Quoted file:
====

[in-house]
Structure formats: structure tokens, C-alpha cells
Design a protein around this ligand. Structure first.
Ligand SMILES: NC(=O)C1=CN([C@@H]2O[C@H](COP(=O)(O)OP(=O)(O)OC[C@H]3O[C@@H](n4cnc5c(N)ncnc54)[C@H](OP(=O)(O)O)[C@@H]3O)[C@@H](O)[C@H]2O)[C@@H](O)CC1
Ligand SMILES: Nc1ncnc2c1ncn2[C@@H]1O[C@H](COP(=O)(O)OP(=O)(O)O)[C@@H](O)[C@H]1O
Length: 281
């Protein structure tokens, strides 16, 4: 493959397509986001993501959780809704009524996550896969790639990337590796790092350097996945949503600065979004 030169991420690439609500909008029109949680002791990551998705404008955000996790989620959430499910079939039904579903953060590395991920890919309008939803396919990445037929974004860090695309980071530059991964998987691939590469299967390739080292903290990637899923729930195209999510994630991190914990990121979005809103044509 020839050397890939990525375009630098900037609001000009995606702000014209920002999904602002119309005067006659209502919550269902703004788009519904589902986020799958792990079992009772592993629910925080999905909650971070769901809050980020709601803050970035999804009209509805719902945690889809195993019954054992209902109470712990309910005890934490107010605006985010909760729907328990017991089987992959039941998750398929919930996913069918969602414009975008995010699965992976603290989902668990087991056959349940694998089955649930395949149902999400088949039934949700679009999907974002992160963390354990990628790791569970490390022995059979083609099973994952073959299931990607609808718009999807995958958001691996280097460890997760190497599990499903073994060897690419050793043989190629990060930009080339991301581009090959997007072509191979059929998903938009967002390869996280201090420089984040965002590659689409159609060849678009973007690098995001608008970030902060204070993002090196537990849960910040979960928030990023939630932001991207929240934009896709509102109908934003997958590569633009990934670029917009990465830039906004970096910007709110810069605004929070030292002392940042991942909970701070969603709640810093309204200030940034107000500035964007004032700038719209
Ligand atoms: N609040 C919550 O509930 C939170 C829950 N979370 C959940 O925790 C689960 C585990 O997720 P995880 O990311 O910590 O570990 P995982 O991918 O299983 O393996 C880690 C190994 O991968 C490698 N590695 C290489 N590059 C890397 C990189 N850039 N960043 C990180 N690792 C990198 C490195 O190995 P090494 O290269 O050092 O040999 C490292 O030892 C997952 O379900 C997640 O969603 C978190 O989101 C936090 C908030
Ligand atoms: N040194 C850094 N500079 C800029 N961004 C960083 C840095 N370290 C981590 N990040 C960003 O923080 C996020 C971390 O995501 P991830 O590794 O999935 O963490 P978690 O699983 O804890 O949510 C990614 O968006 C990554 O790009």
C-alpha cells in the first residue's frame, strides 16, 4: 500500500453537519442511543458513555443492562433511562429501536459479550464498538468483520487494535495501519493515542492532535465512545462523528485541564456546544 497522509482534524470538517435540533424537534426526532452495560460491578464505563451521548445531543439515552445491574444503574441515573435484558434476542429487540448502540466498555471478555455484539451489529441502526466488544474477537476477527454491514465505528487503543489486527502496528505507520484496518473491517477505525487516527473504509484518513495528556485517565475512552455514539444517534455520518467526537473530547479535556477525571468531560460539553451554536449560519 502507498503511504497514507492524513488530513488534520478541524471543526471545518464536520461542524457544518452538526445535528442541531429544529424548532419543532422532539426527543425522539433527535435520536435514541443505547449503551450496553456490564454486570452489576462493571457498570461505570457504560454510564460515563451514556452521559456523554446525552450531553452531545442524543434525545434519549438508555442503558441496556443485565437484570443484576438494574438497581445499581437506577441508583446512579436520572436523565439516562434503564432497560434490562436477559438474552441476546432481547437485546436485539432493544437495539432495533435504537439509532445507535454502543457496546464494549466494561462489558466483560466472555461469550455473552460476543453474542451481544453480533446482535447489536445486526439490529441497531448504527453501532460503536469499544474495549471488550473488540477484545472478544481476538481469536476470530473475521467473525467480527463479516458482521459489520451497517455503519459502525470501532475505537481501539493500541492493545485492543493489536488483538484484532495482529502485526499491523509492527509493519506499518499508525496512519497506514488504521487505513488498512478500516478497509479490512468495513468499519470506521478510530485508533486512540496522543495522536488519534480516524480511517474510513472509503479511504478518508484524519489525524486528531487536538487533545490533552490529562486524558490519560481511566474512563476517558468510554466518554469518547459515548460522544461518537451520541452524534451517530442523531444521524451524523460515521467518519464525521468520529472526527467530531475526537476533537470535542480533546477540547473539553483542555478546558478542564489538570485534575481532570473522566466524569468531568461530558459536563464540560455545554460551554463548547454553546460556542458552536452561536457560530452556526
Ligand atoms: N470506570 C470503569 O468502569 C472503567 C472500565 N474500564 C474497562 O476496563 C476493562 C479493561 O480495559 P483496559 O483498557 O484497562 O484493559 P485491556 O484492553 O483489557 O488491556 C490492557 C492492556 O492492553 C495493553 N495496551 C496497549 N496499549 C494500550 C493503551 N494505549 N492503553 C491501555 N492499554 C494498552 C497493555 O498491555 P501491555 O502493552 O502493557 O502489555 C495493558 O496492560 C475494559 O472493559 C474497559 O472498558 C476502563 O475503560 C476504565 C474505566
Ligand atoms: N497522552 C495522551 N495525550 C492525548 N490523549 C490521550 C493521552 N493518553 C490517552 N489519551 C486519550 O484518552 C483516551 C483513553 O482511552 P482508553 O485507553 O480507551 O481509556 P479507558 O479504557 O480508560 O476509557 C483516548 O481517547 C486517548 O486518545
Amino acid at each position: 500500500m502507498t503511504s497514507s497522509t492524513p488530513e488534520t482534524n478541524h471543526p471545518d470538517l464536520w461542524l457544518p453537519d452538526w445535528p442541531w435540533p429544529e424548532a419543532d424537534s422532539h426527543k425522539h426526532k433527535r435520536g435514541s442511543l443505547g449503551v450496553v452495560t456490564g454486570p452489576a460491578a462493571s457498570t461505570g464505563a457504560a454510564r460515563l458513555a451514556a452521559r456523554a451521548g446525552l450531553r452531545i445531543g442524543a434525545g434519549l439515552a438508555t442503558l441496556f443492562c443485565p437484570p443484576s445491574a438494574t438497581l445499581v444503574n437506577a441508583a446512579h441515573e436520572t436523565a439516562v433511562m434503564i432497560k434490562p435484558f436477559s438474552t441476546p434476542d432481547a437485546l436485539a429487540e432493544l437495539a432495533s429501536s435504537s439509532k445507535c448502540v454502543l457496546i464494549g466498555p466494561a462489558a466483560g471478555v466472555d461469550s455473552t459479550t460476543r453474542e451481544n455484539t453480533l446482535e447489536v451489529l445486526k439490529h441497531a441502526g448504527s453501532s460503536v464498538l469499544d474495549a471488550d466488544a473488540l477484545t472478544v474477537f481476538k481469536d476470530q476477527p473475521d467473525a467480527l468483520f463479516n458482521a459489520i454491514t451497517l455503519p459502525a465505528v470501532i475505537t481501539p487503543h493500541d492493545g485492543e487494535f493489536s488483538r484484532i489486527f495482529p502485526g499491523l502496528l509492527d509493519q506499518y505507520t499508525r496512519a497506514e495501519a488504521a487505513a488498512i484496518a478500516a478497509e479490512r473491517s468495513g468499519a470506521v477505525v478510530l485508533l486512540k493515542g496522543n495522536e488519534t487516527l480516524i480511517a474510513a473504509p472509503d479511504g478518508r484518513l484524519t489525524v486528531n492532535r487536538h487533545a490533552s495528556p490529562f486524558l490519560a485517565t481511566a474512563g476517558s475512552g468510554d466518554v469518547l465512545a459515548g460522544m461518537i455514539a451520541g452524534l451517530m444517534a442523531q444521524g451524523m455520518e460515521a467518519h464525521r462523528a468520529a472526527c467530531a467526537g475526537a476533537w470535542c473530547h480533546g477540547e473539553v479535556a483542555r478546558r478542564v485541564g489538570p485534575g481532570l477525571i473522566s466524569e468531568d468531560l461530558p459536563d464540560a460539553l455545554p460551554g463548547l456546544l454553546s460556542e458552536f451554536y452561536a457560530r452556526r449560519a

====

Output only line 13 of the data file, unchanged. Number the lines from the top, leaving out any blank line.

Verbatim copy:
Amino acid at each position: 500500500m502507498t503511504s497514507s497522509t492524513p488530513e488534520t482534524n478541524h471543526p471545518d470538517l464536520w461542524l457544518p453537519d452538526w445535528p442541531w435540533p429544529e424548532a419543532d424537534s422532539h426527543k425522539h426526532k433527535r435520536g435514541s442511543l443505547g449503551v450496553v452495560t456490564g454486570p452489576a460491578a462493571s457498570t461505570g464505563a457504560a454510564r460515563l458513555a451514556a452521559r456523554a451521548g446525552l450531553r452531545i445531543g442524543a434525545g434519549l439515552a438508555t442503558l441496556f443492562c443485565p437484570p443484576s445491574a438494574t438497581l445499581v444503574n437506577a441508583a446512579h441515573e436520572t436523565a439516562v433511562m434503564i432497560k434490562p435484558f436477559s438474552t441476546p434476542d432481547a437485546l436485539a429487540e432493544l437495539a432495533s429501536s435504537s439509532k445507535c448502540v454502543l457496546i464494549g466498555p466494561a462489558a466483560g471478555v466472555d461469550s455473552t459479550t460476543r453474542e451481544n455484539t453480533l446482535e447489536v451489529l445486526k439490529h441497531a441502526g448504527s453501532s460503536v464498538l469499544d474495549a471488550d466488544a473488540l477484545t472478544v474477537f481476538k481469536d476470530q476477527p473475521d467473525a467480527l468483520f463479516n458482521a459489520i454491514t451497517l455503519p459502525a465505528v470501532i475505537t481501539p487503543h493500541d492493545g485492543e487494535f493489536s488483538r484484532i489486527f495482529p502485526g499491523l502496528l509492527d509493519q506499518y505507520t499508525r496512519a497506514e495501519a488504521a487505513a488498512i484496518a478500516a478497509e479490512r473491517s468495513g468499519a470506521v477505525v478510530l485508533l486512540k493515542g496522543n495522536e488519534t487516527l480516524i480511517a474510513a473504509p472509503d479511504g478518508r484518513l484524519t489525524v486528531n492532535r487536538h487533545a490533552s495528556p490529562f486524558l490519560a485517565t481511566a474512563g476517558s475512552g468510554d466518554v469518547l465512545a459515548g460522544m461518537i455514539a451520541g452524534l451517530m444517534a442523531q444521524g451524523m455520518e460515521a467518519h464525521r462523528a468520529a472526527c467530531a467526537g475526537a476533537w470535542c473530547h480533546g477540547e473539553v479535556a483542555r478546558r478542564v485541564g489538570p485534575g481532570l477525571i473522566s466524569e468531568d468531560l461530558p459536563d464540560a460539553l455545554p460551554g463548547l456546544l454553546s460556542e458552536f451554536y452561536a457560530r452556526r449560519a